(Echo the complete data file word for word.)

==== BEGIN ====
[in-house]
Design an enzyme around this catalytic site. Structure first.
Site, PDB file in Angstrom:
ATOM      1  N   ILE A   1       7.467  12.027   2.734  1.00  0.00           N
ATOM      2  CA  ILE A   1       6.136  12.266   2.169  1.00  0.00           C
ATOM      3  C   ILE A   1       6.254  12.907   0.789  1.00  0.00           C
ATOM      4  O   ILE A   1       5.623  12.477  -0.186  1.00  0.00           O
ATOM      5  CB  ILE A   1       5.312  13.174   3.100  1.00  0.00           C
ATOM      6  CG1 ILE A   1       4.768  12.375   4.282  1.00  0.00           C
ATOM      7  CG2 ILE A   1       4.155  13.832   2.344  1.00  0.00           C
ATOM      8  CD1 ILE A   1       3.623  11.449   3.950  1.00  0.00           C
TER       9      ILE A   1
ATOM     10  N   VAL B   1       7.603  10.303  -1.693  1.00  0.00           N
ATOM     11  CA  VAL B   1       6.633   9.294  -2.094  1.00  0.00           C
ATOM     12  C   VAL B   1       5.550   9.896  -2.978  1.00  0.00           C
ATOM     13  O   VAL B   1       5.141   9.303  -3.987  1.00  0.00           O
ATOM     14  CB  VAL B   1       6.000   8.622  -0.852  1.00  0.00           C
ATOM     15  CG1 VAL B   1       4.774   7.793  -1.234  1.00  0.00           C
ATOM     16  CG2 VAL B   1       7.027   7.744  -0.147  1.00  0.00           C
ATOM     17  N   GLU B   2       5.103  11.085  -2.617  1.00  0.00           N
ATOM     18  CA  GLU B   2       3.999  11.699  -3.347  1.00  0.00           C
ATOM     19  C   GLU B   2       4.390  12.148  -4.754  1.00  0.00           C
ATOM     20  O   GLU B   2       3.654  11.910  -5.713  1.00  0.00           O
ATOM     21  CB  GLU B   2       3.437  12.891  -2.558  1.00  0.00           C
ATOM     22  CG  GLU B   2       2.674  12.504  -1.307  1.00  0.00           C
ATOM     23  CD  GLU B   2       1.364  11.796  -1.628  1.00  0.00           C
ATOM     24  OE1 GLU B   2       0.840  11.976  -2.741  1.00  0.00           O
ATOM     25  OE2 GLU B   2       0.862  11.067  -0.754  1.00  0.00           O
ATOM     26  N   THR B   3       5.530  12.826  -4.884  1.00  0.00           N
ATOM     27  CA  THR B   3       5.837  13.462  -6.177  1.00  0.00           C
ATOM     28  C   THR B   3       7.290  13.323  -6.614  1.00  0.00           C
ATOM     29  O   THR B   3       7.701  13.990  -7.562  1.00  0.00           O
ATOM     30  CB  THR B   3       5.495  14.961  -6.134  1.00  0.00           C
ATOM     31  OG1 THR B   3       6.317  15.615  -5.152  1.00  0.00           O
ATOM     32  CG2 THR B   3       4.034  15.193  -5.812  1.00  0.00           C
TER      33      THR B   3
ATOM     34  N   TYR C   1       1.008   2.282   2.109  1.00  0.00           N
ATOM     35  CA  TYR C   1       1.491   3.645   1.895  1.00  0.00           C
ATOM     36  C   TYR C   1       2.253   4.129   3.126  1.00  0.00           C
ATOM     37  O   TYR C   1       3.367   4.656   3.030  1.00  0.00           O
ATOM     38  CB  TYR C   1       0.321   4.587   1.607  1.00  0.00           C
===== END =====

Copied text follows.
[in-house]
Design an enzyme around this catalytic site. Structure first.
Site, PDB file in Angstrom:
ATOM      1  N   ILE A   1       7.467  12.027   2.734  1.00  0.00           N
ATOM      2  CA  ILE A   1       6.136  12.266   2.169  1.00  0.00           C
ATOM      3  C   ILE A   1       6.254  12.907   0.789  1.00  0.00           C
ATOM      4  O   ILE A   1       5.623  12.477  -0.186  1.00  0.00           O
ATOM      5  CB  ILE A   1       5.312  13.174   3.100  1.00  0.00           C
ATOM      6  CG1 ILE A   1       4.768  12.375   4.282  1.00  0.00           C
ATOM      7  CG2 ILE A   1       4.155  13.832   2.344  1.00  0.00           C
ATOM      8  CD1 ILE A   1       3.623  11.449   3.950  1.00  0.00           C
TER       9      ILE A   1
ATOM     10  N   VAL B   1       7.603  10.303  -1.693  1.00  0.00           N
ATOM     11  CA  VAL B   1       6.633   9.294  -2.094  1.00  0.00           C
ATOM     12  C   VAL B   1       5.550   9.896  -2.978  1.00  0.00           C
ATOM     13  O   VAL B   1       5.141   9.303  -3.987  1.00  0.00           O
ATOM     14  CB  VAL B   1       6.000   8.622  -0.852  1.00  0.00           C
ATOM     15  CG1 VAL B   1       4.774   7.793  -1.234  1.00  0.00           C
ATOM     16  CG2 VAL B   1       7.027   7.744  -0.147  1.00  0.00           C
ATOM     17  N   GLU B   2       5.103  11.085  -2.617  1.00  0.00           N
ATOM     18  CA  GLU B   2       3.999  11.699  -3.347  1.00  0.00           C
ATOM     19  C   GLU B   2       4.390  12.148  -4.754  1.00  0.00           C
ATOM     20  O   GLU B   2       3.654  11.910  -5.713  1.00  0.00           O
ATOM     21  CB  GLU B   2       3.437  12.891  -2.558  1.00  0.00           C
ATOM     22  CG  GLU B   2       2.674  12.504  -1.307  1.00  0.00           C
ATOM     23  CD  GLU B   2       1.364  11.796  -1.628  1.00  0.00           C
ATOM     24  OE1 GLU B   2       0.840  11.976  -2.741  1.00  0.00           O
ATOM     25  OE2 GLU B   2       0.862  11.067  -0.754  1.00  0.00           O
ATOM     26  N   THR B   3       5.530  12.826  -4.884  1.00  0.00           N
ATOM     27  CA  THR B   3       5.837  13.462  -6.177  1.00  0.00           C
ATOM     28  C   THR B   3       7.290  13.323  -6.614  1.00  0.00           C
ATOM     29  O   THR B   3       7.701  13.990  -7.562  1.00  0.00           O
ATOM     30  CB  THR B   3       5.495  14.961  -6.134  1.00  0.00           C
ATOM     31  OG1 THR B   3       6.317  15.615  -5.152  1.00  0.00           O
ATOM     32  CG2 THR B   3       4.034  15.193  -5.812  1.00  0.00           C
TER      33      THR B   3
ATOM     34  N   TYR C   1       1.008   2.282   2.109  1.00  0.00           N
ATOM     35  CA  TYR C   1       1.491   3.645   1.895  1.00  0.00           C
ATOM     36  C   TYR C   1       2.253   4.129   3.126  1.00  0.00           C
ATOM     37  O   TYR C   1       3.367   4.656   3.030  1.00  0.00           O
ATOM     38  CB  TYR C   1       0.321   4.587   1.607  1.00  0.00           C